Pros: Period-underwear is very comfortable! They're light, breathable, and come in a variety of styles that are actually cute. Pads can feel like giant diapers that have to be noticeable even if your friends swear no one can tell you're wearing one. Period undies don't have that problem because they're much thinner and fit like normal underwear. You can feel confident walking around because you know you're protected and looking good!
Cons: You can't exactly change throughout the day the way you would with a pad, unless you have a millions pairs and never leave your home. On lighter days or if you're always pretty light, that's no problem. On heavier days, you might want to use Thinx in conjunction with anther period product like a tampon or menstrual cup.
Price: Most pairs of Thinx are between $30-$40, making them a lot more than a box of tampons or package of pads. I would recommend starting with 3 pairs to see how you like them and then building from there. If you're willing to do laundry a couple of times while you're on your period, you won't need too many pairs.
Longevity: 2-3 years, though the newer designs seem to be slightly more durable (the hip hugger design now makes the waistband less likely to rip), so I would fully recommend the long-term investment.
#2 The Diva Cup
This would be my number one pick if they weren't so intimidating and hard to first use. Full disclosure, I owned mine for over a year before finally getting the hang of it, but now this is my go-to period product. The Diva Cup was the first (and the only available at Target when I went) so they are the brand I've stuck with.
What is it? Simply put it's a menstrual cup. It is inserted low in the vagina to collect your menses before anything has a chance to leak out. The Diva Cup is a sustainable, re-usable alternative to tampons. All you need to do is wash it with soap between uses to prevent discoloring and store it somewhere safe between periods.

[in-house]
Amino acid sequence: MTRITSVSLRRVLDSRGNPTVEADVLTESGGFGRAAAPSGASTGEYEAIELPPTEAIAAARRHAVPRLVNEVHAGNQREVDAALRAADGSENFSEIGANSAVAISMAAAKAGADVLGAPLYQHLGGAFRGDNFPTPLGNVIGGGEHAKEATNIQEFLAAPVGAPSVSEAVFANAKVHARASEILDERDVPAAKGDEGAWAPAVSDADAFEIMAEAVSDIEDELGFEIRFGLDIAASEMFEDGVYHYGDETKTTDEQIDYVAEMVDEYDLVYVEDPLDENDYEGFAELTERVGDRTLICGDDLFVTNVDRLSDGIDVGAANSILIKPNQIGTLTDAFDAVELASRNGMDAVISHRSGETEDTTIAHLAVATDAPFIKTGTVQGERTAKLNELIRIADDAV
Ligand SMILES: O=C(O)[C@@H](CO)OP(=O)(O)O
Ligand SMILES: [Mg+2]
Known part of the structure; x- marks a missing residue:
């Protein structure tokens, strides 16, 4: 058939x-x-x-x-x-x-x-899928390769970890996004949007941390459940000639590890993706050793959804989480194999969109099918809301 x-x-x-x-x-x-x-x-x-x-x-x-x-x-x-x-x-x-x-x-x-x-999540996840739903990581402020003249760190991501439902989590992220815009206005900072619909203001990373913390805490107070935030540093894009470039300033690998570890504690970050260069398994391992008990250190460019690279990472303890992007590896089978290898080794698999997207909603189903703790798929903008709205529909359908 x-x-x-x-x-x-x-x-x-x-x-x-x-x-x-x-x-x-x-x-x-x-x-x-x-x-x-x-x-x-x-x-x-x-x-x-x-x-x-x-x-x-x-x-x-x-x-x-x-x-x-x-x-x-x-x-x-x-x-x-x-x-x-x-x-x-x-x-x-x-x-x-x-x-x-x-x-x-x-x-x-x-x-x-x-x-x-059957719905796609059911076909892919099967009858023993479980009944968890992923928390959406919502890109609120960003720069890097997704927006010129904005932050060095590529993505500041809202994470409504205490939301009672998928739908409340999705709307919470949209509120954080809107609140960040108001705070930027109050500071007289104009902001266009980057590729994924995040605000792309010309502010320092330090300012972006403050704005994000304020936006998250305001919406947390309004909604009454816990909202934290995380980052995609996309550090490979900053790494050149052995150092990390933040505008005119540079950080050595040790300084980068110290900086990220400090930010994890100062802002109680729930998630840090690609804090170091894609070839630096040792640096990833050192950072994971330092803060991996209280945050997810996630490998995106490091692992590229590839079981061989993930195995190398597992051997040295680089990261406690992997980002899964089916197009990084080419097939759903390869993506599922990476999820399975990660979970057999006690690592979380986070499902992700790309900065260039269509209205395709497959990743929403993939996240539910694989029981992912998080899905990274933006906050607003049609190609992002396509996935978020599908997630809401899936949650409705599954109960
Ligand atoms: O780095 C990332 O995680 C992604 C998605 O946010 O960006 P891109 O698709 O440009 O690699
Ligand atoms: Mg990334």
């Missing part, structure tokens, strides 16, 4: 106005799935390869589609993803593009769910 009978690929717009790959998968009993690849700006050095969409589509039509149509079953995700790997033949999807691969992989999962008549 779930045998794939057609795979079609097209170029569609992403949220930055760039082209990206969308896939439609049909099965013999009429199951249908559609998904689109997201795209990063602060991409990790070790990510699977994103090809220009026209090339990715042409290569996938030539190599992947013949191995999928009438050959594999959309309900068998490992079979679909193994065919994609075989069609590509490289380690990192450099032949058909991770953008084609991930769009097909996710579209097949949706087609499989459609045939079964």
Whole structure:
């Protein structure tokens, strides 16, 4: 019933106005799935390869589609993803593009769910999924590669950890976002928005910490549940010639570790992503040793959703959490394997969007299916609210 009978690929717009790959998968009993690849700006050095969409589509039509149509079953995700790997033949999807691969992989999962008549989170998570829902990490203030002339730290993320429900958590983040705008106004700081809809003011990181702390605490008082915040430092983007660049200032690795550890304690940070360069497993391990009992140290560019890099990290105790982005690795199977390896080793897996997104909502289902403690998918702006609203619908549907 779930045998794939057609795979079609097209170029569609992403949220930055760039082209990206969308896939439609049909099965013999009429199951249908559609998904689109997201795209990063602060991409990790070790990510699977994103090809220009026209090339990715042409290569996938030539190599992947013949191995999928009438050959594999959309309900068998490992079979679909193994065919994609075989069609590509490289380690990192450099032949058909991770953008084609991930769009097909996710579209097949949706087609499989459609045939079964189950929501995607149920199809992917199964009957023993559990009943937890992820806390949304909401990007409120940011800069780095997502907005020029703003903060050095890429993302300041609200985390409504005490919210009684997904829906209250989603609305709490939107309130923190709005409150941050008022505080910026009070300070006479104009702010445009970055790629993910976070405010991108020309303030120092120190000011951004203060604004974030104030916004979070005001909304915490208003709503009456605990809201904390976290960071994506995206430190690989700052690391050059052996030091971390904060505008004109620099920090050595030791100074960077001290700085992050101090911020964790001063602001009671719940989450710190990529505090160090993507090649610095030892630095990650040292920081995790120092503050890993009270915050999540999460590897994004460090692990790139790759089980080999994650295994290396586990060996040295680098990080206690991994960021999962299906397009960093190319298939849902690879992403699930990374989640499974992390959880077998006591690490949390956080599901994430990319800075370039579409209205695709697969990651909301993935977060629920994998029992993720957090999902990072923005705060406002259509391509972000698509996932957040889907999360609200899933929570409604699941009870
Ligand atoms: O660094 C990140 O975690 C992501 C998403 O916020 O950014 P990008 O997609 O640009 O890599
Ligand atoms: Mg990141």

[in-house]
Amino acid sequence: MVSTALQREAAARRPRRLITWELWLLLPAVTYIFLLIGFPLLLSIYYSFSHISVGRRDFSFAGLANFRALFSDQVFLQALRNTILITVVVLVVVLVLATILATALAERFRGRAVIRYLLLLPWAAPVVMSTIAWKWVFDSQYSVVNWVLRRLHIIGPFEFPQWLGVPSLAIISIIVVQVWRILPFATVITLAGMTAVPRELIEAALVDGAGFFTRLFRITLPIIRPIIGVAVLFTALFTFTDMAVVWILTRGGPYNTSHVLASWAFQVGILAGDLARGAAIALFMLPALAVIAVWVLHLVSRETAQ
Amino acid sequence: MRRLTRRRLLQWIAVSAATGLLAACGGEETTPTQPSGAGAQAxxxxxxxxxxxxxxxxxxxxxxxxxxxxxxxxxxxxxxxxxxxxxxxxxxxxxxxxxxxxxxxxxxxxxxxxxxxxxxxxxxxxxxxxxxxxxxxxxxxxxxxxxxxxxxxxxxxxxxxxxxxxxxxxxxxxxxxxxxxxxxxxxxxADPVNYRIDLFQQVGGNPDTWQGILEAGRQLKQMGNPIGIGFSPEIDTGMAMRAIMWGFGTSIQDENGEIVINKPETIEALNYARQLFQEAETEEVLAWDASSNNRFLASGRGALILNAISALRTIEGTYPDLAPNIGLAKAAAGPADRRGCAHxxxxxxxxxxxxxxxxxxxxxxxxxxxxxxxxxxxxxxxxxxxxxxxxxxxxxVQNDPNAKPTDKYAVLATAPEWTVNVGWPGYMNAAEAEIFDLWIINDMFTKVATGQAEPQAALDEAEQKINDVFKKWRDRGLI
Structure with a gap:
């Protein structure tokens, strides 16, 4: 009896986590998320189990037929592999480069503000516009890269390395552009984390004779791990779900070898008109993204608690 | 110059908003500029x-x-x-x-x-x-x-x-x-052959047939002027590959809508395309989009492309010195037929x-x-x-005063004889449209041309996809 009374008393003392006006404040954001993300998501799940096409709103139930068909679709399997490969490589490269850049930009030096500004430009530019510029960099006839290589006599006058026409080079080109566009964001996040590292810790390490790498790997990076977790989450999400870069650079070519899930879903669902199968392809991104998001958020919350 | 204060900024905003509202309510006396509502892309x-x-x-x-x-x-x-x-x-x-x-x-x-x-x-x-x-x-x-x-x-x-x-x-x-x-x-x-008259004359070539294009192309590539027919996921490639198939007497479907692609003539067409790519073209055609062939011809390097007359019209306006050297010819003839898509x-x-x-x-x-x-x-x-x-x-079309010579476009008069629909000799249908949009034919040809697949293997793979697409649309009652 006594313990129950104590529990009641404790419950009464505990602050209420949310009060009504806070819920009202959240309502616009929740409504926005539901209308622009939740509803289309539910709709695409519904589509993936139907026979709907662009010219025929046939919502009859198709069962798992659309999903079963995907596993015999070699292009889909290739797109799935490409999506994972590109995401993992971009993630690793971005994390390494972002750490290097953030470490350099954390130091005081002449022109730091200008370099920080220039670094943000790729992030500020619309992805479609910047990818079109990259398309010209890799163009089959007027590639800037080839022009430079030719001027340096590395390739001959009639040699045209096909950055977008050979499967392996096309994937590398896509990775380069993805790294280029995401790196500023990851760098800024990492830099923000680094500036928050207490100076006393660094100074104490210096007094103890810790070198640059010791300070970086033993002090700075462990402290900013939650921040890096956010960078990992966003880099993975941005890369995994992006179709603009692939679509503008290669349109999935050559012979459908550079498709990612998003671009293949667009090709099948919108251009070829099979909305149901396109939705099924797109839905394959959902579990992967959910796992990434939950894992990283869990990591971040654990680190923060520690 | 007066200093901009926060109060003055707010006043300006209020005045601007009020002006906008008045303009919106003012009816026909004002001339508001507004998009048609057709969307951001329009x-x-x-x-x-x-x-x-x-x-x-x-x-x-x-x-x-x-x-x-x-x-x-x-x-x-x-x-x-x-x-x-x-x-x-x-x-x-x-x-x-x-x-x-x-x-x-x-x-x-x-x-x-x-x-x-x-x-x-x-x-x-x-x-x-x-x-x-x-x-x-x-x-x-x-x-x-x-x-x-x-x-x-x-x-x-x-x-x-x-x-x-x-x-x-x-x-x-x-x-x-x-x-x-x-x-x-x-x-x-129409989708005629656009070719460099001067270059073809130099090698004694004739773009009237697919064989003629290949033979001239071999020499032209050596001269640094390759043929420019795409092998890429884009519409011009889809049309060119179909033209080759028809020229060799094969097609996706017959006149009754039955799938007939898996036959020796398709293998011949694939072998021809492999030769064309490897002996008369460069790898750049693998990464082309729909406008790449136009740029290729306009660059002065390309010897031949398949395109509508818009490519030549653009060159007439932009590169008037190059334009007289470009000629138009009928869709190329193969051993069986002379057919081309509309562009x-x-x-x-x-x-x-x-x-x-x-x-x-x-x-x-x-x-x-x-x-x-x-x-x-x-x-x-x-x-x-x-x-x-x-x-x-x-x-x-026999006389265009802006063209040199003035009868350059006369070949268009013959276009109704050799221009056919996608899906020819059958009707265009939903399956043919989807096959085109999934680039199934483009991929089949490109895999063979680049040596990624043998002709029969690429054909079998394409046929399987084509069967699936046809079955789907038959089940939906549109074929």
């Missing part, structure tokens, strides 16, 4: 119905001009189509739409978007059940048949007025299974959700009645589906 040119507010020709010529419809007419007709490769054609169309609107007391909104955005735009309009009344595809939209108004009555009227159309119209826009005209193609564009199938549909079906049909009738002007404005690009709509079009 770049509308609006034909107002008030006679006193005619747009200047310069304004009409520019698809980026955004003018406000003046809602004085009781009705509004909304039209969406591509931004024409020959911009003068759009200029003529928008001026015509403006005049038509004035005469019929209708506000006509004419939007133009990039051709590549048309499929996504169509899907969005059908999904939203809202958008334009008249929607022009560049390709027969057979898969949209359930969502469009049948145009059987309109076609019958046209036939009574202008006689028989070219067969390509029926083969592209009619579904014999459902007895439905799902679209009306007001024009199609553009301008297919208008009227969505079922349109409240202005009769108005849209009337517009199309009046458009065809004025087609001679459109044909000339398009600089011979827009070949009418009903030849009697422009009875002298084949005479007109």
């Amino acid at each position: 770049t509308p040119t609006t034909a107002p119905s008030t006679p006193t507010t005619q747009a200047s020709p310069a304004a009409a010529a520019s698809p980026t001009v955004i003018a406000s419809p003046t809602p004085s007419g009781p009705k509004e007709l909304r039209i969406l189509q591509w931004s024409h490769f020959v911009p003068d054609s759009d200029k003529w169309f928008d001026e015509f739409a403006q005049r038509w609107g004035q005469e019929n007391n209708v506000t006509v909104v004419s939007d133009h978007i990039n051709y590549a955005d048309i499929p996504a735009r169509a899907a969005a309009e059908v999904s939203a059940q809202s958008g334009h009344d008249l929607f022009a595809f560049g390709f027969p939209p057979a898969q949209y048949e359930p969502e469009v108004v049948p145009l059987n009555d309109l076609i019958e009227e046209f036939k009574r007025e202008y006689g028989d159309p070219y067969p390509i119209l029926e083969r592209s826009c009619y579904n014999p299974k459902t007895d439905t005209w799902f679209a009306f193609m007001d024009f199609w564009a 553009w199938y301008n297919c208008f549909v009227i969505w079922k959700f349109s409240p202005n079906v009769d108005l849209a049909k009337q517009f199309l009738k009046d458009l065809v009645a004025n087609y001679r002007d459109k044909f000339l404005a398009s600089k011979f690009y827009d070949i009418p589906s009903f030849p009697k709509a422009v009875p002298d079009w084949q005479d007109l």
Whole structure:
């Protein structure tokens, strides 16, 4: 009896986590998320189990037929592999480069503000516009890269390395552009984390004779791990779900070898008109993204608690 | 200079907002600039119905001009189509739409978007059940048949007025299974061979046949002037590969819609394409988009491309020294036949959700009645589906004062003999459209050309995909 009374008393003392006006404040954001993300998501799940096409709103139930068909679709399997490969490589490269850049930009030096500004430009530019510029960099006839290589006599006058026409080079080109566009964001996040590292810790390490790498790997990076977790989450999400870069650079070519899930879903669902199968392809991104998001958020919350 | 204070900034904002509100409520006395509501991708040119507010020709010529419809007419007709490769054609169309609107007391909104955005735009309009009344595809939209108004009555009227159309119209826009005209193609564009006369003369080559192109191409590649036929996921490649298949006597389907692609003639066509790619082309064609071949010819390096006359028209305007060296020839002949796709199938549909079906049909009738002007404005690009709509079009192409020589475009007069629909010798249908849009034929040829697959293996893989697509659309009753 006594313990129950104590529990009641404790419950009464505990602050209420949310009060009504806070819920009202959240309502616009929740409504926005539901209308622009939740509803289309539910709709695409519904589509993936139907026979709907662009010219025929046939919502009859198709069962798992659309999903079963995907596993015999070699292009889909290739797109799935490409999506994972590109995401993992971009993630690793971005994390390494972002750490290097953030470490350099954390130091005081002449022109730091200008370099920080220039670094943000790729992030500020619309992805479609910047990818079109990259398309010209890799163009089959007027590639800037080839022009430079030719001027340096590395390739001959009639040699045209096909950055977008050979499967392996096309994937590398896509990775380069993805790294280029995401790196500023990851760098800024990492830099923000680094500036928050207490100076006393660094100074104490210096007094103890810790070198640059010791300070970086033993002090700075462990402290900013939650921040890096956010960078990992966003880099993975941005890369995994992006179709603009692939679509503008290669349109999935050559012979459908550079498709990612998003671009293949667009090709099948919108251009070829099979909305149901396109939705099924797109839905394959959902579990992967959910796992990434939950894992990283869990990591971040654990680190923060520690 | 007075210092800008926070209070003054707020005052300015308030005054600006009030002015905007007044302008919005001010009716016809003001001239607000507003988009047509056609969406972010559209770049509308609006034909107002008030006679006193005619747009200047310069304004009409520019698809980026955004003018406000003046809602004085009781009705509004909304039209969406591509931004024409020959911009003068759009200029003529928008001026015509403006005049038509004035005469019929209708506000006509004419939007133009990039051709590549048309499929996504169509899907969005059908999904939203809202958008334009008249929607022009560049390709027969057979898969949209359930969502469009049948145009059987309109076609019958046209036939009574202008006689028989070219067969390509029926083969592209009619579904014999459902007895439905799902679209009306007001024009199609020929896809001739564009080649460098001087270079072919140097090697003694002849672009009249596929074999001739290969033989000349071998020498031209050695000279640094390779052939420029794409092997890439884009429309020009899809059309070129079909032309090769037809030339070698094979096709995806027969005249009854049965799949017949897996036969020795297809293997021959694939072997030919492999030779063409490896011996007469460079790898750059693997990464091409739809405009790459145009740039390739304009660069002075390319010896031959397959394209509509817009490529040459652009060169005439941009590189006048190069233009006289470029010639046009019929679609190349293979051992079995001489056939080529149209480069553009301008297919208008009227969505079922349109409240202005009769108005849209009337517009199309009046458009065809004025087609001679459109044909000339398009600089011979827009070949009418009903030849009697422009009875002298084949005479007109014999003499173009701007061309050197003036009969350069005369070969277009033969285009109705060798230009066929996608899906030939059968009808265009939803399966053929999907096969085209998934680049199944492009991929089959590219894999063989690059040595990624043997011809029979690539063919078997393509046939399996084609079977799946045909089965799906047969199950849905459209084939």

Pros: Imagine a tampon that rarely leaks and lasts the whole day. That's a Diva Cup! You can say goodbye to awkwardly showing a tampon in your sleeve to walk to the bathroom, to rushing to the store after a long day when you really just want to do is wear sweats and sleep, and to doing mental math to see how long it's been since you last changed your tampon and when you think your next opportunity to change it will be.
Cons: Do you remember when you first used a tampon and how invasive it seemed compared to a pad? Well this is a level above that. First, can be challenging to first insert the Diva Cup, like crying on your toilet, height of all your failures, soul crushingly challenging, but once you do get it, it is amazing. My tip, watch the insertion video on their website (this wasn't available when I first started using it) and use the tulip method not the c method. Also make sure you are using the model that is right for you.
Price: Roughly $40. Think of how much you spend on tampons now and how many periods it would take for this to pay for itself.
Longevity: When I bought this product about 3 years ago, they said to replace it every 2 years. Now, the website says every year. It is made of medical grade silicone so unless it is damaged, I don't see why you would need to change it that frequently. At the risk of giving bad advice, I would say you can count on the Diva Cup for at least 2 years and check the websites for signs and reasons to change it sooner than that (for example, it starts to turn white signaling the silicon is compromised or you used it during a yeast infection so there is a very good chance using the same cup again will re-start that infection).